Ties are possible as there are four judges voting on which of the two to send home. In the event of a tie, the result goes to deadlock, and the act who finished last in the public vote is sent home. The actual number of votes cast for each act is not revealed, nor even the order until after the season's conclusion. However, a twist occurred in season two where the rankings of the acts based on the public vote for the week were revealed after the eliminations on the show. Once the number of contestants has been reduced to four, the act which received the lowest number votes is automatically eliminated from the competition (the judges do not have a vote; their only role is to comment on the performances).


Season Twist
One At the end of judges' houses, it was announced that Cowell would bring back one further act from his "Girls" category that he had eliminated at the judges' houses. He believed that he had made "a huge mistake" at judges' houses by not choosing the act for the live shows. The act was later revealed to be Melanie Amaro and therefore season one had a final 17 instead of a final 16. On the first live show, there was no public vote. Instead, each of the judges selected one of their own acts to eliminate. Cowell had to eliminate two acts because he included Amaro as a fifth contestant in his category.
Two Similar to season one, there was no public vote on the first live show and each of the mentors selected one of their own acts to eliminate. However, prior to the elimination of each category, each mentor selected two finalists from their own category as the bottom two. The bottom two acts performed another song of their choice in the "final showdown" and their mentor was required to eliminate one of them based on the performance. At the start of the second live show, it was announced that all judges agreed to bring back one further act whom they felt should not have been eliminated on the first live show by the mentor. The act was later revealed to be Diamond White.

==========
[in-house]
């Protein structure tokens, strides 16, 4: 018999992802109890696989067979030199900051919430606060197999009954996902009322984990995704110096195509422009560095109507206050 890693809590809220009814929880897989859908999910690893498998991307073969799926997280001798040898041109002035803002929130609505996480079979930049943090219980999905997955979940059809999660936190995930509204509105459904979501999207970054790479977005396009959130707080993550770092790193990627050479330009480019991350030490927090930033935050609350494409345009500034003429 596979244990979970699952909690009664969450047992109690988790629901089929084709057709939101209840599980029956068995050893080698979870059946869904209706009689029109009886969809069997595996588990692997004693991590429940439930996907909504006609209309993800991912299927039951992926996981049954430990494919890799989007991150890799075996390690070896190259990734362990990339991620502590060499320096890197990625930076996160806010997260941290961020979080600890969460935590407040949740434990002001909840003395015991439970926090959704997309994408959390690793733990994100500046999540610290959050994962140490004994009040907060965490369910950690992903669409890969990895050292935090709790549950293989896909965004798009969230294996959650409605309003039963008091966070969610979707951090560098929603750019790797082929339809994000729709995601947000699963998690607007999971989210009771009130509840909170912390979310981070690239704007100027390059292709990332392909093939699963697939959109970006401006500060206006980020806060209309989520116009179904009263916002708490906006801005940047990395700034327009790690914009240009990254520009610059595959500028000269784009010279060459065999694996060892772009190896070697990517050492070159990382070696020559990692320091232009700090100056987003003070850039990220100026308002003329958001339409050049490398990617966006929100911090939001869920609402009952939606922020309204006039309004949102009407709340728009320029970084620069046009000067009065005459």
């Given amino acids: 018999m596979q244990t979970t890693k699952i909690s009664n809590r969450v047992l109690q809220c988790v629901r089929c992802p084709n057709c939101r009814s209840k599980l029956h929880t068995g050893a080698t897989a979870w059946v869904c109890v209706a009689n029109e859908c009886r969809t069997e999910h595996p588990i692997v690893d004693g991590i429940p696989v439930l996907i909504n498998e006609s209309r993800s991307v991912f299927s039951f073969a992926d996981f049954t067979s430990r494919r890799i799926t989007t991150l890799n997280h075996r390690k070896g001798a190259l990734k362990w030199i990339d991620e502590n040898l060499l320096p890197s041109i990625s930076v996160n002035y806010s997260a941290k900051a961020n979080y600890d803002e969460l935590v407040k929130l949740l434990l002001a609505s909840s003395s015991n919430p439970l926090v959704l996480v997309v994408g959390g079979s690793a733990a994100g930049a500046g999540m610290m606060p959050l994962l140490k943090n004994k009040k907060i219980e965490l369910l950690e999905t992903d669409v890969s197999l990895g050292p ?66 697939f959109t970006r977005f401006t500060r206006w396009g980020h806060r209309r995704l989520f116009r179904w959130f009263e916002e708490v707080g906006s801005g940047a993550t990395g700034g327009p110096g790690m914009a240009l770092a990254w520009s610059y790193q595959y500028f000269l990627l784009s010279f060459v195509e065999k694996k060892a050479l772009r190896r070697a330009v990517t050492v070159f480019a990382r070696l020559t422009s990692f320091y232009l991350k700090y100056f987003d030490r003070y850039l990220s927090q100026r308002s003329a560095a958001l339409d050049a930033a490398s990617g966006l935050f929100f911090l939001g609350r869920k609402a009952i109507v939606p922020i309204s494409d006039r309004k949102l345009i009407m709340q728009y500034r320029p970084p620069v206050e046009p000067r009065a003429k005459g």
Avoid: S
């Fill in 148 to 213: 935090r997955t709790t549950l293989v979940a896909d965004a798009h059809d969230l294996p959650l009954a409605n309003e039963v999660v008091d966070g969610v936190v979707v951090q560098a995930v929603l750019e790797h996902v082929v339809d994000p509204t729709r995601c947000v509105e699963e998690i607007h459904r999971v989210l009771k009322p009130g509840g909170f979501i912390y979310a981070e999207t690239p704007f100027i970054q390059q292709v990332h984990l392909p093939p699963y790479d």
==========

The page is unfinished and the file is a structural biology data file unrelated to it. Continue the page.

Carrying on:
Three Just like the previous two seasons, there was no public vote or final showdown during the first live show. Instead, each of the judges selected one of their own acts to eliminate. At the start of the second live show, it was announced that all judges agreed to bring back one further act whom they felt should not have been eliminated on the first live show by the mentor. The act was later revealed to be Josh Levi.

After The X Factor[edit]

The winner of the competition is awarded a recording contract with Syco Music in association with Sony Music Entertainment, which would include cash payments totaling $5 million.[12][13] A press release on behalf of the show on February 7, 2011 called the recording contract "the largest guaranteed prize in television history."[18] Unlike the British version of the show,[19] the costs of recording and marketing the winning artist will be paid for separately from the $5  million initial contract payment. The $5 million will be paid directly to the winner in five annual installments of $1 million. Cowell said in a conference call with reporters on February 7, 2011: "I think it should be a life-changing prize and just to be clear, this isn't a dressed-up $5 million, this is a guaranteed $5 million payable to the winner. The recording, marketing, and video costs are completely separate to that. It will be paid over five years at $1 million a year."[20] Cowell said in the same conference call that the specific music label within the Sony family that the winner signs with depends on which label could provide the best support to the winner with regard to the type of music the winner chooses to perform.